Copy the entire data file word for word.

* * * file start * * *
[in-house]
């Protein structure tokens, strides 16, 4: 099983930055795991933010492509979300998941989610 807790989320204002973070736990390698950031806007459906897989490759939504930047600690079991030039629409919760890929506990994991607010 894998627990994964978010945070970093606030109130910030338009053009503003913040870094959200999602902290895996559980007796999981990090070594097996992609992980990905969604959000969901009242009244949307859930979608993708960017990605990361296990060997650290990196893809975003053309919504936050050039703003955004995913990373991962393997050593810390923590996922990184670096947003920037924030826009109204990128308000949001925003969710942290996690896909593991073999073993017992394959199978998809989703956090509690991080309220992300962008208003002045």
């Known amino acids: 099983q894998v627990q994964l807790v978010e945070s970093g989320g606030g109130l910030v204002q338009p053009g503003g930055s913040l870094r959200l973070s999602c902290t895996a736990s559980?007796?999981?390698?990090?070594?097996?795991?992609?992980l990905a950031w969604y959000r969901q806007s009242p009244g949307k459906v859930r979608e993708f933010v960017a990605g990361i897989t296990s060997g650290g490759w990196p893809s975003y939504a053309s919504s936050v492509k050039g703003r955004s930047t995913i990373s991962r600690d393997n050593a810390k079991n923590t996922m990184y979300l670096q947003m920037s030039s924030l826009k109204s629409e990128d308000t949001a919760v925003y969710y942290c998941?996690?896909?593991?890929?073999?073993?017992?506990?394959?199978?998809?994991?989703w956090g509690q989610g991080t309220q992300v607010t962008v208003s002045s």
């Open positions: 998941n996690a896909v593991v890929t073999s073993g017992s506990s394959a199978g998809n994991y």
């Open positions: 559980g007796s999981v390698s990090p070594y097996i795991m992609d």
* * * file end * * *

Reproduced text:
[in-house]
């Protein structure tokens, strides 16, 4: 099983930055795991933010492509979300998941989610 807790989320204002973070736990390698950031806007459906897989490759939504930047600690079991030039629409919760890929506990994991607010 894998627990994964978010945070970093606030109130910030338009053009503003913040870094959200999602902290895996559980007796999981990090070594097996992609992980990905969604959000969901009242009244949307859930979608993708960017990605990361296990060997650290990196893809975003053309919504936050050039703003955004995913990373991962393997050593810390923590996922990184670096947003920037924030826009109204990128308000949001925003969710942290996690896909593991073999073993017992394959199978998809989703956090509690991080309220992300962008208003002045």
């Known amino acids: 099983q894998v627990q994964l807790v978010e945070s970093g989320g606030g109130l910030v204002q338009p053009g503003g930055s913040l870094r959200l973070s999602c902290t895996a736990s559980?007796?999981?390698?990090?070594?097996?795991?992609?992980l990905a950031w969604y959000r969901q806007s009242p009244g949307k459906v859930r979608e993708f933010v960017a990605g990361i897989t296990s060997g650290g490759w990196p893809s975003y939504a053309s919504s936050v492509k050039g703003r955004s930047t995913i990373s991962r600690d393997n050593a810390k079991n923590t996922m990184y979300l670096q947003m920037s030039s924030l826009k109204s629409e990128d308000t949001a919760v925003y969710y942290c998941?996690?896909?593991?890929?073999?073993?017992?506990?394959?199978?998809?994991?989703w956090g509690q989610g991080t309220q992300v607010t962008v208003s002045s």
């Open positions: 998941n996690a896909v593991v890929t073999s073993g017992s506990s394959a199978g998809n994991y």
């Open positions: 559980g007796s999981v390698s990090p070594y097996i795991m992609d």